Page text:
Classical Liberal (Lockean) political theory maintains that individual consent ought to determine politics and policies. “Wherever, therefore, any number of men so unite into one society as to quit every one his executive power of the law of Nature, and to resign it to the public, there and there only is a political or civil society.” John Locke, Second Treatise on Civil Government. However, the reality is that T. Hobbes’ Leviathan that Locke rejected lives inside competing interest groups among the elites (including the 17th century when Locke represented mercantile interests) that have played a catalytic role in shaping policy in modern pluralistic societies governed by varieties of Liberal-type constitutions.
Although policy-formation is the presumed domain of competing interest groups whether politically organized like the Whig faction in Locke’s time, or modern-day corporate lobbies, consent-theory is more easily justified and implemented during times of national emergencies or crises than during ‘normal times’. Having built a national consensus during the Great Depression for economic reasons, the US continued to expand the consensus to include the entire Western Hemisphere under bilateral and multilateral agreements. These culminated in redefining the Pan-American system during the war, and then globalized during the Cold War when besides NATO, OAS and SEATO, IFIs were also established to complete the triumph of Pax Americana.
The dynamics of the Cold War necessarily resulted in domestic national consensus not only in pluralistic societies like the US at the helm of the world-capitalist system, but also in Communist nations and in the non-aligned bloc. Therefore, the Cold War as the point of origin for policy-formation and consent-theory entailed that the state forged consensus among competing interest groups under a neo-corporatist model that would presumably serve not only the political and financial elites, but the military establishment, intelligentsia, farmers, and labor unions whose cooperation was crucial for policy-formation against ‘common external enemy’. Nor is this to be confused with the military-industrial complex that was only one byproduct of conformist policy-formation. After the Communist bloc collapsed and China became thoroughly integrated into the world capitalist system, the institutionalized co-optation of the disparate interest groups needed to remain intact. This is not because there was a ‘common external enemy’ - of course one had to be created as catalyst to interest-group co-optation - but because consent-theory assumptions were obviated by the changing structure of the political economies around the world and the neo-liberal globalization trend.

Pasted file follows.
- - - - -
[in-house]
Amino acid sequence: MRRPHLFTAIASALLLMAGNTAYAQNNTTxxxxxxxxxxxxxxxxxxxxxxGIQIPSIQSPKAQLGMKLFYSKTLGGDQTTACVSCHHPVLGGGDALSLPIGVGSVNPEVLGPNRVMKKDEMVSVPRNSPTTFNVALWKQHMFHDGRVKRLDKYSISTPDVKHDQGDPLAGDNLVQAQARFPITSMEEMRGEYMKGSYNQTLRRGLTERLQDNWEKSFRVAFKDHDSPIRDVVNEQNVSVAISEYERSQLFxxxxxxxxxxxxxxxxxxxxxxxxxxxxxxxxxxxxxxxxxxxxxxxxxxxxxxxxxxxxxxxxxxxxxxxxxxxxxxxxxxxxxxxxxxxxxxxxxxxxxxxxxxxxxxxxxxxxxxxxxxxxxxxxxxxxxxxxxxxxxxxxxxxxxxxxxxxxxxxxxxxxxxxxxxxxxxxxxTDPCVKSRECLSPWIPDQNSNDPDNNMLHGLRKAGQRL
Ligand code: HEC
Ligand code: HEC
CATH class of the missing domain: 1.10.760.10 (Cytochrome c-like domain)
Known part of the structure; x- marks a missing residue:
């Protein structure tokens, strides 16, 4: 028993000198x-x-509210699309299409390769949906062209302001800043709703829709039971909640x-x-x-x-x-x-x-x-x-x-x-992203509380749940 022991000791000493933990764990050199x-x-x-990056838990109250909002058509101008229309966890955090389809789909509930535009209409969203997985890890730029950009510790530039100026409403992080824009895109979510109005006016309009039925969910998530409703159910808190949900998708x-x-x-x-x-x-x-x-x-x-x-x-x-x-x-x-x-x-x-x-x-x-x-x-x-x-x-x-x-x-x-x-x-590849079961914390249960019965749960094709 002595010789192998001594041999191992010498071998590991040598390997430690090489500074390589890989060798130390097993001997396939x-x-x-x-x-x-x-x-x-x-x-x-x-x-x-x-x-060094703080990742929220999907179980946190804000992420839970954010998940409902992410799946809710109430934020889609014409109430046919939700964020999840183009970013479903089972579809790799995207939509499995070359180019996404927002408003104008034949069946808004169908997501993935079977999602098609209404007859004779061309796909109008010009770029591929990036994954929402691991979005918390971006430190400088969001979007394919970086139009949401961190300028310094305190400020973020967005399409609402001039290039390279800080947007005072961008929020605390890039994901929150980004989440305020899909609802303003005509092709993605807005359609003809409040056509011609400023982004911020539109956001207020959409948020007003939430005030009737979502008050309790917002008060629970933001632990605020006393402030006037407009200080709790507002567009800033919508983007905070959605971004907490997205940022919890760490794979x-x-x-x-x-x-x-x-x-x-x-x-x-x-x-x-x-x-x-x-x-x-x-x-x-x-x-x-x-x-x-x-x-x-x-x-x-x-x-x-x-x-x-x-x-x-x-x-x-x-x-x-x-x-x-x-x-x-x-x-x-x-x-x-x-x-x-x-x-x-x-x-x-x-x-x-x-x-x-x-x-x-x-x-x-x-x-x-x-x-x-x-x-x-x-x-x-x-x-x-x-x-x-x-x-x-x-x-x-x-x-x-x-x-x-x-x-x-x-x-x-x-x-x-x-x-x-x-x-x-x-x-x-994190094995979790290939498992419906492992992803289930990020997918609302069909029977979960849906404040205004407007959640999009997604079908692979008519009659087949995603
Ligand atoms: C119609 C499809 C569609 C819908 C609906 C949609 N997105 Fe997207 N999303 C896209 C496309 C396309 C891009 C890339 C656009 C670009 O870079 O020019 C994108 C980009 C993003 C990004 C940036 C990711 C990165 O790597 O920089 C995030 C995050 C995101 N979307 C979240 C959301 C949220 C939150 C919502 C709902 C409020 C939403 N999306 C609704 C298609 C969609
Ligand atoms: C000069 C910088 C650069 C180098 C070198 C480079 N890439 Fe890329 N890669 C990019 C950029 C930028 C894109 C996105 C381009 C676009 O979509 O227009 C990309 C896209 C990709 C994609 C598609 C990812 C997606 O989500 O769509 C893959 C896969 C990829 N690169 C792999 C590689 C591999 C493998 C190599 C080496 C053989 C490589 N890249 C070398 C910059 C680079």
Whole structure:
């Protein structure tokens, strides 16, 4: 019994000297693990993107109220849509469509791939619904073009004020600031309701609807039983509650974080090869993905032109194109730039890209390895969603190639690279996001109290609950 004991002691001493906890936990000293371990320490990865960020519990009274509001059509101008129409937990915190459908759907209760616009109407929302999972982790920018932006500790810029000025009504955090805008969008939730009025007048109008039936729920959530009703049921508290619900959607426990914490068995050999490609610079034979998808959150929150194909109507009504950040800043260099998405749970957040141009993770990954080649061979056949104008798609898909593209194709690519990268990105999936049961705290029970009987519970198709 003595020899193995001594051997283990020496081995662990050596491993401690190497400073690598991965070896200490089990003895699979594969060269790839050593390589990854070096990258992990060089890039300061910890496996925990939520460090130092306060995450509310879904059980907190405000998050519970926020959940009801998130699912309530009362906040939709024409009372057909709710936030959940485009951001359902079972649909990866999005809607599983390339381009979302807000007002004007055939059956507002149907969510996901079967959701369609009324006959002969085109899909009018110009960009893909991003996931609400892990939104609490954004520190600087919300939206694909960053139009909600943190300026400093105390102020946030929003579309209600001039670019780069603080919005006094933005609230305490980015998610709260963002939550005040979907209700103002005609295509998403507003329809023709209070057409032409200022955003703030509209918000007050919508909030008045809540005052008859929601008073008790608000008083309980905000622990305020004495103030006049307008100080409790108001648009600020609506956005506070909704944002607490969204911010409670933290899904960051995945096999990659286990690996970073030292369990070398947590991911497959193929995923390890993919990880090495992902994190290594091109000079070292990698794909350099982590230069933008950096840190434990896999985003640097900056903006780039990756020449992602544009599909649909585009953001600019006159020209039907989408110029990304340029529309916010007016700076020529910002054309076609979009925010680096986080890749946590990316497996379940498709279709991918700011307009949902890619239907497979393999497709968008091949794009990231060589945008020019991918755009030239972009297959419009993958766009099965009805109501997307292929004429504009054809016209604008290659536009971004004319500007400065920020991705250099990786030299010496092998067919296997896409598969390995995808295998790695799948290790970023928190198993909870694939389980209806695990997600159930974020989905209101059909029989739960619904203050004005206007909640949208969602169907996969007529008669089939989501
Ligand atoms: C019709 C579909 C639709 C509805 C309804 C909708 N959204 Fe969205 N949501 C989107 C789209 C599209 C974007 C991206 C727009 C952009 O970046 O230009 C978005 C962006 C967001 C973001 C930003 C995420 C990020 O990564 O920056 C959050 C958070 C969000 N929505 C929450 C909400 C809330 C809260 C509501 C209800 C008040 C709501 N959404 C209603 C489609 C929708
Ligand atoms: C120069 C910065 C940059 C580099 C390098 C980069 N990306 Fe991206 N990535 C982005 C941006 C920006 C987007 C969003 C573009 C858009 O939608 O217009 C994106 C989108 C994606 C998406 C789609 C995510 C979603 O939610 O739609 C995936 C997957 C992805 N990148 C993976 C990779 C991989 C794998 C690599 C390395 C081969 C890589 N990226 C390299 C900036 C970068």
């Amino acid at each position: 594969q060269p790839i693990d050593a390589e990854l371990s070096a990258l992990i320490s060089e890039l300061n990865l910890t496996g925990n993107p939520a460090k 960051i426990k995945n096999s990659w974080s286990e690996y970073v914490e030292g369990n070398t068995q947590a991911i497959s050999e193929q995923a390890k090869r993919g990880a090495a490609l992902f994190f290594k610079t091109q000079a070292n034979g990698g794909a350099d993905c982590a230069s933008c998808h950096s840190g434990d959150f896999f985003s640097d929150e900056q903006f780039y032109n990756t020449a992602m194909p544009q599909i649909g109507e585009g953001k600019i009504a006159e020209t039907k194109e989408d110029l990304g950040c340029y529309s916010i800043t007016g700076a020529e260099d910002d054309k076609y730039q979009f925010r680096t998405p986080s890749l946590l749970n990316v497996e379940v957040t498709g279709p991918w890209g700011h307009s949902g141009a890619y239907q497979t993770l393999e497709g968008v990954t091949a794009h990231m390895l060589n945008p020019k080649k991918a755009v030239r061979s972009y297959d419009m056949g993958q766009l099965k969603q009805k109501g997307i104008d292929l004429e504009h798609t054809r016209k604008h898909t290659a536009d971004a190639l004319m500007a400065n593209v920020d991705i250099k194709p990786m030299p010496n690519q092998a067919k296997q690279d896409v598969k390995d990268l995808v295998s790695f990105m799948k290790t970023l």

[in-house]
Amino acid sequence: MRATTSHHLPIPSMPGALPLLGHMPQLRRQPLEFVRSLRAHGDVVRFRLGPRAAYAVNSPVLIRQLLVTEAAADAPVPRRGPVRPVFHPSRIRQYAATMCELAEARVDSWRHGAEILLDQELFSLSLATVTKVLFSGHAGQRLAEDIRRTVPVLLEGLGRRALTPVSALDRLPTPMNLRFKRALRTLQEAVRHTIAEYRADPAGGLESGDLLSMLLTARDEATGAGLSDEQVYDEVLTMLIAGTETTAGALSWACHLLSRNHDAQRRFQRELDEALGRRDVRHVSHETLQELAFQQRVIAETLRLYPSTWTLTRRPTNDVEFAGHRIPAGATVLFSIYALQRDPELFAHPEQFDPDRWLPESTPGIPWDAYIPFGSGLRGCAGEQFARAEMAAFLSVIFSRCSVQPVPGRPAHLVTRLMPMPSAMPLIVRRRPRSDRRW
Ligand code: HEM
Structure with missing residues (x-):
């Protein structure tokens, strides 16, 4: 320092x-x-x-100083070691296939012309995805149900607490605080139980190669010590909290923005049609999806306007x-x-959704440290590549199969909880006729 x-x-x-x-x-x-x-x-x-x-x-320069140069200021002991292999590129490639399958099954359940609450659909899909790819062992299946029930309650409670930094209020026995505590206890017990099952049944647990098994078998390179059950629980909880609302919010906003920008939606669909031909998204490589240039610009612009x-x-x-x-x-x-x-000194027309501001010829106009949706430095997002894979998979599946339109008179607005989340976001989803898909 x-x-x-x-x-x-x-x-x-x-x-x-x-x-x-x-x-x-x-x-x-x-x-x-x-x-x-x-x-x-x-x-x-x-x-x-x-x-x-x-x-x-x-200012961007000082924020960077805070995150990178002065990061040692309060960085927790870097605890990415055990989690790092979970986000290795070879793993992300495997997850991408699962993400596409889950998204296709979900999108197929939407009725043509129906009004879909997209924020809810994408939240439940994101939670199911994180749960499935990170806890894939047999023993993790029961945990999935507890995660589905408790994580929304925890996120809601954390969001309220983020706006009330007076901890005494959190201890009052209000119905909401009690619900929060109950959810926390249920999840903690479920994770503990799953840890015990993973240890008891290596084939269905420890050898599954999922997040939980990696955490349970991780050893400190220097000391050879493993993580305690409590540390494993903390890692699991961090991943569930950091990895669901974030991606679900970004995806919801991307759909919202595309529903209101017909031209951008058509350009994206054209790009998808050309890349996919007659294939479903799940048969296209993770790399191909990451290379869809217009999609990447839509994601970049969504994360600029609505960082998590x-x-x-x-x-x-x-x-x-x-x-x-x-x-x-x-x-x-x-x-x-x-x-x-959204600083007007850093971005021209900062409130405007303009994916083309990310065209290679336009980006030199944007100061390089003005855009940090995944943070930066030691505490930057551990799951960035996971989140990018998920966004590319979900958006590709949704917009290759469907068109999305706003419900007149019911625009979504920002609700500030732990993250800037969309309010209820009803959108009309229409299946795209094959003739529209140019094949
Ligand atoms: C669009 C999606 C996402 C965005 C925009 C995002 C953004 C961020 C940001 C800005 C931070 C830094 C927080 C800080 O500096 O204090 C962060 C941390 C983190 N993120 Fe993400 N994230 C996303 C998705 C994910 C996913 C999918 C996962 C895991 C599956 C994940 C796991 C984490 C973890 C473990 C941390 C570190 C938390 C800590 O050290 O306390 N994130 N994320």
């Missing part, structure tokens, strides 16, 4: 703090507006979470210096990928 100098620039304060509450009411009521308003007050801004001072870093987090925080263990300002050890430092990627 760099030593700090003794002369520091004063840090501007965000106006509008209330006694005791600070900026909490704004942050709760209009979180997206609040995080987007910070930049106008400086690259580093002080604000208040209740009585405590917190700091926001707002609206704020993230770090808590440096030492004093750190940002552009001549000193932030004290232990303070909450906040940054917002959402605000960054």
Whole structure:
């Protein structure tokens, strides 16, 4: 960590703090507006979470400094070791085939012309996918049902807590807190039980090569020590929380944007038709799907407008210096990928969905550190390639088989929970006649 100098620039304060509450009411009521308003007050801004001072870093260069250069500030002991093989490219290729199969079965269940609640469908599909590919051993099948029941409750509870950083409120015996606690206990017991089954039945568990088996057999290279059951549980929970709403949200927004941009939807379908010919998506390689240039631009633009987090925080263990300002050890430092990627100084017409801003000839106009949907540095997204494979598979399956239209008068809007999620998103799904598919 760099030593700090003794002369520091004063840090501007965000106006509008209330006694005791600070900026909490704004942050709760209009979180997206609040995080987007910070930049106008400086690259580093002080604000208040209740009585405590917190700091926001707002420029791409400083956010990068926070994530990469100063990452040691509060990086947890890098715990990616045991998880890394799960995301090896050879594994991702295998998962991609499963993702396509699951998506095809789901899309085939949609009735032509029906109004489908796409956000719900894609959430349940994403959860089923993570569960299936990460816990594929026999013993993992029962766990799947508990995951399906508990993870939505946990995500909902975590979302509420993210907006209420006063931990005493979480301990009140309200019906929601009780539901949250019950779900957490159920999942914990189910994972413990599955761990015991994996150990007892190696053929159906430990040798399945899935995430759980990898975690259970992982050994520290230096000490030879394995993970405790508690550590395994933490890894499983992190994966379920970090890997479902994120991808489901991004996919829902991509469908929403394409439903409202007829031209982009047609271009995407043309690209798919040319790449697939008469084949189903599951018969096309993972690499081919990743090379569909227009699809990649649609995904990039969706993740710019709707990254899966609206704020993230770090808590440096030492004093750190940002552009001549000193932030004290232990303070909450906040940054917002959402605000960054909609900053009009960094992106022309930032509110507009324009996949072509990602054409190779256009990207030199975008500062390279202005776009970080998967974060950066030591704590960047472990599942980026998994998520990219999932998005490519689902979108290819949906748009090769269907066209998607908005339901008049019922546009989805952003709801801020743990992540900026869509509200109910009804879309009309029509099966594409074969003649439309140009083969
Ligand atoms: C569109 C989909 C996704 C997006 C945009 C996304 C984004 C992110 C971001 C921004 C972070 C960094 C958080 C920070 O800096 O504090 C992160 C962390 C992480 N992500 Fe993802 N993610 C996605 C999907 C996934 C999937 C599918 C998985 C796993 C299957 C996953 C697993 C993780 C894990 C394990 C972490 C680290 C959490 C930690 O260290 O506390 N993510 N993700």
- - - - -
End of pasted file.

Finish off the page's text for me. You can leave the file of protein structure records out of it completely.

The interdependent world economic structure as the basis of consent-theory and as a reality cannot change systemically as Russia, China, Brazil, India, and even some EU leaders wish. However, economic nationalism – from the political left and to the ideological right – and varieties of Socialism will challenge and try to replace classical Liberalism and the American-centered world system as the ideological foundation on which political economy and international security rest. This means new international division of labor, redefinition of the terms of trade and investment that do not disadvantage the Third World and new ‘North-South’ hemisphere relationship that allows for a more equitable redistribution of wealth – all of it used as leverage by those wishing to further dilute Pax Americana. Depending on its severity, the current economic dislocation will force political and financial elites along with the intelligentsia to re-examine the ‘consent-theory’ paradigm with the US as the leader. They must seek alternatives that would ensure policy-formation does not drift toward the lower classes or to the Third World whose conformity and co-optation must be guaranteed to prevent any change either in the social order or the international order.